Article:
per cent; in number of salaried of
ficials and clerks, 40 per cent; in
salaries paid, 66 per cent; In number
f wage earners. II per cent, and in
wages paid, 62 per cent The total
annual value of the products of the
state, la these pursuit, is nearly
Great Steel Tower- Which Is
Erected in Germany for Use at
Wireless Telegraphy.
A wireless telegraph station whose
action is expected to cover the en
tire European continent is being
erected by the German government on
the most northwestern point of the
country, at Norddeich, in Frlsia. Its
great steel tower, 213 feet high. will,
send out electric waves that can be
detected by receivers located anywhere
within a radius of at .least 1,000 miles;
and in all probability it will be able
to receive and transmit over still
greater distances. This is compared
by electricity to the Tower of Babel.
It says in an editorial article:
"The ancient Chaldeans, to whom
philologists are apt to give the palm
for the legend of the Tower of Babel,
could never, in their wildest flights of
imagination, have comprehended what
we now all regard as a prosaic fact,
the existence of a steel tower sending
and receiving all languages through
invisible space. ... As regards
the simile that such an undertaking
will be like the Tower of Babel, the
fact that it will receive and transmit
messages from Germany, Switzerland,
France, Great Britain. Denmark. Italy.
Sweden. Norway, Spain, the Balkan
Peninsula and Russia, is sufficient evi
dence on that score. It is believed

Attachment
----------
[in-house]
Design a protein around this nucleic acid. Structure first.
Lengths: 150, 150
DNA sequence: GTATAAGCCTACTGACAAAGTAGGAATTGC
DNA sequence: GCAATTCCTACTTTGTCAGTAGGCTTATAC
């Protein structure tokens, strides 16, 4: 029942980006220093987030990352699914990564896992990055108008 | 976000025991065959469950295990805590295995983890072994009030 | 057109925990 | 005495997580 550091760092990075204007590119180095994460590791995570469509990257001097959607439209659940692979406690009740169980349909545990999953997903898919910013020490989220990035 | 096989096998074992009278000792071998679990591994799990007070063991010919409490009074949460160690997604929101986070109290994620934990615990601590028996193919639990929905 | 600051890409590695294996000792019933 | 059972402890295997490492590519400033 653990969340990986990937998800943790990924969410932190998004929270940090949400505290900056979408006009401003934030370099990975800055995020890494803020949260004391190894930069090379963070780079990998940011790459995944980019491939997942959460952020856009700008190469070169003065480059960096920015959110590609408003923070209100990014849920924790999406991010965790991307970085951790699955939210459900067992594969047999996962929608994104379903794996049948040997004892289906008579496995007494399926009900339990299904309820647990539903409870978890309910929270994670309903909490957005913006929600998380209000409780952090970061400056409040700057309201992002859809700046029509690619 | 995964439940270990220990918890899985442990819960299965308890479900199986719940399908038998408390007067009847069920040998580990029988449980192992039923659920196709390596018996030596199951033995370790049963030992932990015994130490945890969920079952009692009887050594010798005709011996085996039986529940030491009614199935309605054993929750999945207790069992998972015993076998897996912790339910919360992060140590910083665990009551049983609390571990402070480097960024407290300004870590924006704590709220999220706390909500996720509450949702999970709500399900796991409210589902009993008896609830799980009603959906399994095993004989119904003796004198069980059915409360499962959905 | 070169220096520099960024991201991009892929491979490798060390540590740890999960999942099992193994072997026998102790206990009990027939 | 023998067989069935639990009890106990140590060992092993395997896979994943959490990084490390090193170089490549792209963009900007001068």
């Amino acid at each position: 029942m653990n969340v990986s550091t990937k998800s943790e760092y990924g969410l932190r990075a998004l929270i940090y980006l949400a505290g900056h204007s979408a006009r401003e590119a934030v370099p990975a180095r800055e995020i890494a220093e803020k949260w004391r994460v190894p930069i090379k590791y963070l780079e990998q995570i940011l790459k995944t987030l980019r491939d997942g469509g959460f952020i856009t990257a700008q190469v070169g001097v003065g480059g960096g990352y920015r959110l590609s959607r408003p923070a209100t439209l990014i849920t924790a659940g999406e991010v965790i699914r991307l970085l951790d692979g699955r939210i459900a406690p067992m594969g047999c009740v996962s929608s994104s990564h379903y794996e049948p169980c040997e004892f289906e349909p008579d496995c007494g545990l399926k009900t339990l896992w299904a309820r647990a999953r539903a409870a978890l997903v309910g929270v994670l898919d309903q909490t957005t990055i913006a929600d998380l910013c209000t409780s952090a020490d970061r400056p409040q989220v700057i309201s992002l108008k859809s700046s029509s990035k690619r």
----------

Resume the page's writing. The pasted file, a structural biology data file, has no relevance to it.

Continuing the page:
that operation will be extended as far
as Saragossa, Naples and Cetinje to
the south; as far as St Petersburg in
the east; in the north it will be a
voice from the silence to the people
of Drontheim and Narvik; and to the
east German vessels homeward bound
can send their tidings to Norddeich
while still on the Atlantic far beyond
Land's End. The proposal made in
the beginning to erect these epoch
making towers on the Island of Bor-
kum was dismissed, and a choice
made of the seaport Norddeich of the
Frisian islands instead. This town
is the railway terminus of the Prus
sian system and better adapted
through its general accessibility to the
work in prospect"
The entire plant, we are told, will
be completed by November. The
foundations have already been laid
and the iron superstructure is beta?
put up as rapidly as possible. At thi
base of the towers will live the offi
cials and the employes, who will oper
ate the telegraph probably enough to
form a considerable community. The
writer concludes:
"The projection of this scheme and
its crystallization means the duplica
tion of the same idea by the various
governments with whom It will keep
in touch.
"Thus the strange picture Is pre
sented of Germany undertaking a
titanic task yet a task which in spite
of its enormousnes3 is considered a
necessary consequence of the changed
conditions in the transmission of in
telligence manifested in the last ten
years. National wireless stations ara
the correct idea, as far as methods
of international communication are
deemed desirable. The only inquiry
that seems natural under the circum
stances is that relative to the use of
high mountains. Along the Atlantic
coast we find the great Appalachian
range, with its hoary peaks. For gov
ernment purposes, secret or otherwise,
these high mountains are the one great
means of meeting the difficulties of
sympathetic or selective signaling. All
nations should be thus equipped, If for
no other reason, at least for the sake
of being able to feel independent of
the submarine cable, which any sudden
cataclysm at the bottom of the sea
may disrupt and destroy."
Russian Seeks to Overcome the Effect
of the Motion of Waves by Elec
tric Bockirig Chair.
There are almost as many recipes
and methods for avoiding seasickness
as there are for curing colds, and the
latest is an Invention by a Russian in
a chair actuated by electricity and in
tended to lessen or counteract the
rolling, heaving and settling. The seat
of the chair is movably arranged with
respect to the legs, arms and back, and
SICKNESS. the sharp up-and-down movements are
given by a small electric motor which